Julian Richards, host of BBC 2 show Meet the Ancestors, is an expert in his field and has been invited to give an illustrated talk by the Marlow Archaeological Society on October 2.

Stonehenge, near Salisbury in Wiltshire, is an important World Heritage Site and consists of a number of free standing stones - each weighing up to 50 tonnes - positioned in a circle.

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Rare Viking ingot found

An ancient solid silver ingot found in Stagsden is stealing the limelight at Bedford Museum.

The Viking coin is the first of its kind discovered in the county and dates from AD 850-1000.

It was found by treasure hunters in the north Bedfordshire village last year, but has only just been bought by the museum following lengthy examination and valuation at the British Museum in London.

Jim Inglis, keeper of archaeology at Bedford Museum, said: "This is the only one to be found in Bedfordshire, and in terms of looking for Viking material in Bedford, which used to be a Viking town, it is very, very rare.

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Wednesday, September 24, 2008

Neanderthals Ate Dolphins, Seals, Cave Remains Suggest

Neanderthals living in a pair of caves on the Mediterranean Sea regularly feasted on mussels, fish, and other types of marine life, according to a new study.

The finding suggests that Neanderthals actively foraged for seafood just like early modern humans, according to Clive Finlayson, an anthropologist at the Gibraltar Museum.

Neanderthals and modern humans are distinct species that split from a common ancestor several hundred thousand years ago.

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Tourist who found Stone Age axe rewarded £20,000

A British tourist who unearthed four Stone Age axes on a beach in Brittany has been put forward for a prize worth more than £20,000 by the Ministry of Culture for not keeping the treasure.

French experts have called the four axes, which Adam MacHale spotted in the sea off Petit Rohu beach and donated to France, an exceptional archaeological discovery.

Mr MacHale, 38, from Malvern, Worcestershire handed them in to authorities, and the neolithic pieces are now on display at the Carnac Museum of Prehistory in southern Brittany.

Curator Emmanuelle Vigier said: "Their attitude was that of good citizens."

They could be rewarded for not keeping the objects or selling them to a private collector with a prize worth £23,800 (€30,000)

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Ancient Whaling Station Has International Value

Archeologist Ragnar Edvardsson, project leader of the excavation of a Basque whaling station from the 17th century in the Strandir region on the coastline of the eastern West Fjords peninsula, says the remains are of international significance.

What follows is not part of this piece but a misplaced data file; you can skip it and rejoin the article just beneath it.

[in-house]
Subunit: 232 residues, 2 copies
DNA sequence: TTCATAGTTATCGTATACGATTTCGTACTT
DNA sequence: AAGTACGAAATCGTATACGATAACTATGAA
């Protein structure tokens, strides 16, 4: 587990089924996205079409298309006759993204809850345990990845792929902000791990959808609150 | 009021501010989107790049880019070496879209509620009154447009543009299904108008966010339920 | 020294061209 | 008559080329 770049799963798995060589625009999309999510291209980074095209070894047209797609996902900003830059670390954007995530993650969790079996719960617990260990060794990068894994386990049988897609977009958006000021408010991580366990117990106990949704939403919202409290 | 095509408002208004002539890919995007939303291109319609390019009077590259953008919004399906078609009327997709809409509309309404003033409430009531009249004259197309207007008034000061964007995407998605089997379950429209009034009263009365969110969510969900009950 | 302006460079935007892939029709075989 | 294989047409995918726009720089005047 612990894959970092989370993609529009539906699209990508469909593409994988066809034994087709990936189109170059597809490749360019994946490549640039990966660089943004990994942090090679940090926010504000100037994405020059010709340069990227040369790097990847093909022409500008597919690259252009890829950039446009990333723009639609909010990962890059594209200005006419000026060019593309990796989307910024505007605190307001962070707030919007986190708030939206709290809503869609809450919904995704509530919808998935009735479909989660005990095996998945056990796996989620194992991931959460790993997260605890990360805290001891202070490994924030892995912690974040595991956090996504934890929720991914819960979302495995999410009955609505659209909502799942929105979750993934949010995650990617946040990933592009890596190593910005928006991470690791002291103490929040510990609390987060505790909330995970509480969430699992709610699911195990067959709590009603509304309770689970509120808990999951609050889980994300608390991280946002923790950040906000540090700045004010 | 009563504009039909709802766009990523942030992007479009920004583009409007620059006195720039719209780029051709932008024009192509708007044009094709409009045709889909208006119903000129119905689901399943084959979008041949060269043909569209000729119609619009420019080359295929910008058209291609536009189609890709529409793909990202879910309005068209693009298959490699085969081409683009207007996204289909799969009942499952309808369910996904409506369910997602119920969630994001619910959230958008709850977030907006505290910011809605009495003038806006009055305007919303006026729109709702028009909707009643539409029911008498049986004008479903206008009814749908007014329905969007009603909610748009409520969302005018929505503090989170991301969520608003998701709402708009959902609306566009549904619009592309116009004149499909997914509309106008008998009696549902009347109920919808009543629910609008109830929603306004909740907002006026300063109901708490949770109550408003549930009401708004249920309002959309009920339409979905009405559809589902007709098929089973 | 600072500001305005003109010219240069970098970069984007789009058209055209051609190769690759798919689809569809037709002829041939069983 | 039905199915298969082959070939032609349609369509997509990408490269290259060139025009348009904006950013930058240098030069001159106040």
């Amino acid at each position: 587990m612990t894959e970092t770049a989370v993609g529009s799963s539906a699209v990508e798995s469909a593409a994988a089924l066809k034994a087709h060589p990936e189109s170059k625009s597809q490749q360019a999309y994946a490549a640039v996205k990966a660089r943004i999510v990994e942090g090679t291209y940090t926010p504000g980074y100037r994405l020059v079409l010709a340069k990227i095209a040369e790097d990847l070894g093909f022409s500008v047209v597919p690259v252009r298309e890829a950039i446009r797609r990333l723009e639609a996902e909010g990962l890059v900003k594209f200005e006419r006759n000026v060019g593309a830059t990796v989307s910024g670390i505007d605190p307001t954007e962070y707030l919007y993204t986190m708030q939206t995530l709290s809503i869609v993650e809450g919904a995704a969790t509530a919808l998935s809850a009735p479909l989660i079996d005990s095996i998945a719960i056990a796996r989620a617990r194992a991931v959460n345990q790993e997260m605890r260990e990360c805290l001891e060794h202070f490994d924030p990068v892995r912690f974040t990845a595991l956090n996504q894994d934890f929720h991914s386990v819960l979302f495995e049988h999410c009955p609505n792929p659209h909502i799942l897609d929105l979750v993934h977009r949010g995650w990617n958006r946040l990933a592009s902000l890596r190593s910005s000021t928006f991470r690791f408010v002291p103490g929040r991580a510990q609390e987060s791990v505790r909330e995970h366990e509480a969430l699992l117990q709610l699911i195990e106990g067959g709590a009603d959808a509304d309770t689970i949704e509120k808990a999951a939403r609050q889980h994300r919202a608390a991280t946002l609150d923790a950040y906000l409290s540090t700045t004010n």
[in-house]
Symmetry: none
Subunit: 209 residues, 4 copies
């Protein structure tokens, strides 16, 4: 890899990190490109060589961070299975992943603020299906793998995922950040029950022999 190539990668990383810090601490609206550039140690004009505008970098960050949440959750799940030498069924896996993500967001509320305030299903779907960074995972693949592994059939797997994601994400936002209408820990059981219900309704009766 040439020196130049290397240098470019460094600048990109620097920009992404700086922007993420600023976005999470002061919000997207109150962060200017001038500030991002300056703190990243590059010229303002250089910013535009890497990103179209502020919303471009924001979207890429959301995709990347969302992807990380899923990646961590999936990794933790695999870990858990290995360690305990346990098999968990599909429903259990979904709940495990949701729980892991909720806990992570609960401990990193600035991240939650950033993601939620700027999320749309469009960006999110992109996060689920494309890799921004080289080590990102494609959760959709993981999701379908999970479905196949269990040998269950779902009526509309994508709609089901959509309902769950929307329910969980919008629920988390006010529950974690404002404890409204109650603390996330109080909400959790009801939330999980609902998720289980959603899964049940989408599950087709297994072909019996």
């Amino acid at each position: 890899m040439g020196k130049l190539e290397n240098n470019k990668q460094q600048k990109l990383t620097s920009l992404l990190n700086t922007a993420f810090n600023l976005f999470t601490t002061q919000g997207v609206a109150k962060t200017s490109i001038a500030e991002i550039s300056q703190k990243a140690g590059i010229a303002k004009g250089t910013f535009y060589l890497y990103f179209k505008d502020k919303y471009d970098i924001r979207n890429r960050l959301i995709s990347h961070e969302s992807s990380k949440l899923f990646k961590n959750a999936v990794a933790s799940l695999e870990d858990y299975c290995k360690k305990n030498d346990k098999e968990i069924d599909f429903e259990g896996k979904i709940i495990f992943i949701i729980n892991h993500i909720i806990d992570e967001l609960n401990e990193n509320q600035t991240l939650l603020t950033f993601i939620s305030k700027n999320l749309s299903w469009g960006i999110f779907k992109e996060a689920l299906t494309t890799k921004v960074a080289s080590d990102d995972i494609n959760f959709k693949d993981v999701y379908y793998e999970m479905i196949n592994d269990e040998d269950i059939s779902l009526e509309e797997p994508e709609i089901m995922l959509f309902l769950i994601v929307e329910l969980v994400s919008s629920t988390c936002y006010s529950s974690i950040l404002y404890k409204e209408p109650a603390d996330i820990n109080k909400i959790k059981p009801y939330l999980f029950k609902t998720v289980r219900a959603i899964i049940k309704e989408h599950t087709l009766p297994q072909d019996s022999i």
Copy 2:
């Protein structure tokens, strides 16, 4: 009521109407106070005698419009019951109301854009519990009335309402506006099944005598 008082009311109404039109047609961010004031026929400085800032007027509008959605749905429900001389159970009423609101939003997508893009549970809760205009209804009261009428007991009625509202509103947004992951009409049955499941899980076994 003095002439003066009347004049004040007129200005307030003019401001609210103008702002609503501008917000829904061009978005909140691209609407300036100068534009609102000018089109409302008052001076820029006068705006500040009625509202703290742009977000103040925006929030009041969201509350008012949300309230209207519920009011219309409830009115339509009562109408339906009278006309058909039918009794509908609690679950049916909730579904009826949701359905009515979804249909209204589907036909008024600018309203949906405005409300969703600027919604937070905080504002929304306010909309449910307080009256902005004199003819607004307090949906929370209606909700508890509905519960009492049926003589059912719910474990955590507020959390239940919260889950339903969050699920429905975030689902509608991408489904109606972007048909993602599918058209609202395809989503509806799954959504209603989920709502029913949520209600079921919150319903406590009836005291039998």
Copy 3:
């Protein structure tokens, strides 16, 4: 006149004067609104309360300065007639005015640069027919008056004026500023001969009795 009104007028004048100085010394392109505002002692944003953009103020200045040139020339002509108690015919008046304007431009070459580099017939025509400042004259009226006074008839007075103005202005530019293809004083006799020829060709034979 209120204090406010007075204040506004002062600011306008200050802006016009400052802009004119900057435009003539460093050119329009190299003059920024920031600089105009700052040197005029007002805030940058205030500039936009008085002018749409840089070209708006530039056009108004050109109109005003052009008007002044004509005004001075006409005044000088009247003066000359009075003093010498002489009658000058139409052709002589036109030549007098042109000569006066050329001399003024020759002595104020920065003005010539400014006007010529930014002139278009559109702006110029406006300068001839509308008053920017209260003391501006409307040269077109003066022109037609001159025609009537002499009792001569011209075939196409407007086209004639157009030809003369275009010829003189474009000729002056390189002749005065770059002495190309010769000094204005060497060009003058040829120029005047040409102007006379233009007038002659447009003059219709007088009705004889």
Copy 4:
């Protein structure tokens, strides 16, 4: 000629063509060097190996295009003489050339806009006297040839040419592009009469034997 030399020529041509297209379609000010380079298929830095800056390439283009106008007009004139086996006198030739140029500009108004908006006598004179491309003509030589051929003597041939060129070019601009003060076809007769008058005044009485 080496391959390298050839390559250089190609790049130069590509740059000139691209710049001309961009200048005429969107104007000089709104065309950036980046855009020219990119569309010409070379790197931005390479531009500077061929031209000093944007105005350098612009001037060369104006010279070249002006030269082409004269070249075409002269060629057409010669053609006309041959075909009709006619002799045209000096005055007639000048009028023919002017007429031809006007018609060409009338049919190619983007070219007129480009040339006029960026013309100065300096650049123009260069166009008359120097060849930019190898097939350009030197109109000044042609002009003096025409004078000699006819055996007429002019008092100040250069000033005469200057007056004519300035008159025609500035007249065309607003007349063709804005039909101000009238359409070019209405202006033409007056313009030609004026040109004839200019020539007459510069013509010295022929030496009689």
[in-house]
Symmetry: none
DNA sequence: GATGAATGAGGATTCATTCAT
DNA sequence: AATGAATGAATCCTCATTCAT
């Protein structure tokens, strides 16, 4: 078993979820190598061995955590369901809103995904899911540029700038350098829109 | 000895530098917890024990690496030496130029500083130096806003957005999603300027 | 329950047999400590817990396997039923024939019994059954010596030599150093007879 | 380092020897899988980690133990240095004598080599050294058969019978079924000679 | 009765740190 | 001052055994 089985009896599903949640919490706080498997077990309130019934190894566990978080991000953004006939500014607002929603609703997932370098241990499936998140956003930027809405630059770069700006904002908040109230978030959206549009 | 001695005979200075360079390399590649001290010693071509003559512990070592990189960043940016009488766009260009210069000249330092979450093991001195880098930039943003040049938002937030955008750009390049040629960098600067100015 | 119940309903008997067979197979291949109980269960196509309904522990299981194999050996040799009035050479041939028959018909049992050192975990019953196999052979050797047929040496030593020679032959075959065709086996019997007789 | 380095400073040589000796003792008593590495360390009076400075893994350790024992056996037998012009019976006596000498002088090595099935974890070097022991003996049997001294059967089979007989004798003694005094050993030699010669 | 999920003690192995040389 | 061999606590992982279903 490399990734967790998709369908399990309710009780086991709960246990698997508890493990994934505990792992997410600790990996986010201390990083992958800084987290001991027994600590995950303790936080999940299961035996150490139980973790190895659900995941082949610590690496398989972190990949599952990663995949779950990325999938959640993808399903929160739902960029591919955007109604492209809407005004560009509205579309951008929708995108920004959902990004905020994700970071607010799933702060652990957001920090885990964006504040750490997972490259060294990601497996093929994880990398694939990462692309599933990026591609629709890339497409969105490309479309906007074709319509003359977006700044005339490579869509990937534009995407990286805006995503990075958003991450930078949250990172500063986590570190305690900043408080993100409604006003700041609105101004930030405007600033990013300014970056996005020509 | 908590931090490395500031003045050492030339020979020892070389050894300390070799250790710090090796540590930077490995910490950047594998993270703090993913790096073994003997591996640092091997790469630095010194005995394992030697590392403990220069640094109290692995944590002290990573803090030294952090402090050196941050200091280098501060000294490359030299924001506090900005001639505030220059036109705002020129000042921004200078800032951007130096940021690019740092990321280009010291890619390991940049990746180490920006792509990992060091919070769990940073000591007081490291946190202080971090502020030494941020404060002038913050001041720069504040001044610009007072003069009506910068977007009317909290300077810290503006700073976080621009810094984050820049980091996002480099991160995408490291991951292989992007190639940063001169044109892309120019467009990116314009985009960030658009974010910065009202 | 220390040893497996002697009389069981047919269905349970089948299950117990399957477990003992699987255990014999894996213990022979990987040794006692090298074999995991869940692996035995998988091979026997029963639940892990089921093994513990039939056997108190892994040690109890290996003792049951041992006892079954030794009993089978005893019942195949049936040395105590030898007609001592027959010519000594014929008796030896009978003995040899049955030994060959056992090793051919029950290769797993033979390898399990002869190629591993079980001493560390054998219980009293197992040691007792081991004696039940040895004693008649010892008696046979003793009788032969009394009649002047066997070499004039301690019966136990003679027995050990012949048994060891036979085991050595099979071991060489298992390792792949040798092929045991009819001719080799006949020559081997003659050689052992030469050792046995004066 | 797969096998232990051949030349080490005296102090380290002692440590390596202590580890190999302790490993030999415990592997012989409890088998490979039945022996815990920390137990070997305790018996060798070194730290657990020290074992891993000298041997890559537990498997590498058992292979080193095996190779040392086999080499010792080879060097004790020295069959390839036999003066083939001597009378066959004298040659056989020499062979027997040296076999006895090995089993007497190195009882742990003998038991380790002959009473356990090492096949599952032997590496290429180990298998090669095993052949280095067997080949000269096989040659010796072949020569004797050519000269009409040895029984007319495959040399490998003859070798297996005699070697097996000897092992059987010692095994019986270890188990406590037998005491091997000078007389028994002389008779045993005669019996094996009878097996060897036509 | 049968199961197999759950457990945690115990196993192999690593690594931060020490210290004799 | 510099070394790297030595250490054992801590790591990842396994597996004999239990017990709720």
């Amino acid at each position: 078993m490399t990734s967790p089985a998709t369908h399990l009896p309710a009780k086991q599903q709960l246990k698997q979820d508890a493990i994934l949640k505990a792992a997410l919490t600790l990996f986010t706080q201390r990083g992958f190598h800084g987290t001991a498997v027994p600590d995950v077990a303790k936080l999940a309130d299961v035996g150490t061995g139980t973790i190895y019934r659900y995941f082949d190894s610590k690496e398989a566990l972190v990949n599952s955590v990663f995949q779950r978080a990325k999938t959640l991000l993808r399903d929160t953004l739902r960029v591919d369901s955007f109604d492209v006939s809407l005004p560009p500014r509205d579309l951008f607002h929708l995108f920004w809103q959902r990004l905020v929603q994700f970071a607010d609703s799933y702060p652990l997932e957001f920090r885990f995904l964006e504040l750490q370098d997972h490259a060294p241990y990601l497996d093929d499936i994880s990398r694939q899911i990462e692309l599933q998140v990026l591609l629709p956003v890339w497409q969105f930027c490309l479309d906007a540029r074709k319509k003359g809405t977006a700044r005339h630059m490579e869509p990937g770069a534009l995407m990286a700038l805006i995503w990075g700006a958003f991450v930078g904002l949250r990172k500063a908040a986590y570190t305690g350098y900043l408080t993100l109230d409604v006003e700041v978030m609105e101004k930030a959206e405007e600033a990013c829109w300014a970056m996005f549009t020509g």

Edvarsson has been working on the project for the past four years and in summer the burial ground of the whale hunters was discovered, Morgunbladid reports.

The three main buildings of the whaling station have been excavated on the seashore of Steingrímsfjördur fjord: a station for melting whale fat, a workshop for building barrels for the whale oil and a building with a hearth where the whale hunters ate and slept.

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Assessing The Research Potential Of Grey Literature In The Study Of Roman England

The objective of the Roman Grey Literature Project is to assess the research potential of the grey literature in the understanding of Roman England. Stage 1 of the project addressed the grey literature of the whole of England, looking at questions such as: "how many investigations are finding Roman remains, and where?"; "are there any significant distributions in these remains, and if so why?"; "what types of remains are being found?"; and "how many of these investigations are reaching publication?". The project database is based upon data from the Archaeological Investigations Project (AIP) based at Bournemouth University, which has been enhanced by Cotswold Archaeology with information on publications. It lists all of the investigations recorded by the AIP which found Roman remains, and is searchable through queries such as type of investigation, location, publication and name. Two further stages are envisaged for the project, looking at smaller areas of the country in more detail.

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The Big Question: What do new discoveries tell us about the meaning of Stonehenge?

Archaeologists have recently excavated a small area within Britain's most famous Stone Age site and found evidence to suggest that Stonehenge was once a centre of healing, a sort of "Neolithic Lourdes" where people would come from far and wide in the hope of being cured of their ills. The scientists have also been able to date the construction of the first stone circle to between 2600BC and 2400BC. This would mean that the ring's original bluestones, carried to the site on Salisbury Plain from a quarry in South Wales, were put up about 300 years later than previously thought.

What is the evidence that Stonehenge was a healing centre?

It is not very straightforward, but then again nothing ever is with this mysterious ancient monument. The two archaeologists, Professor Tim Darvill and Geoff Wainwright, first of all noted the abnormal number of corpses found in tombs nearby Stonehenge that display signs of serious physical injury or disease. One of the most famous of these is the "Amesbury Archer" buried about two miles from Stonehenge. He is known to have originated from the Alps and had suffered a serious knee injury and a potentially fatal dental problem before he died.

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Cooking up visions of the past at Flag Fen event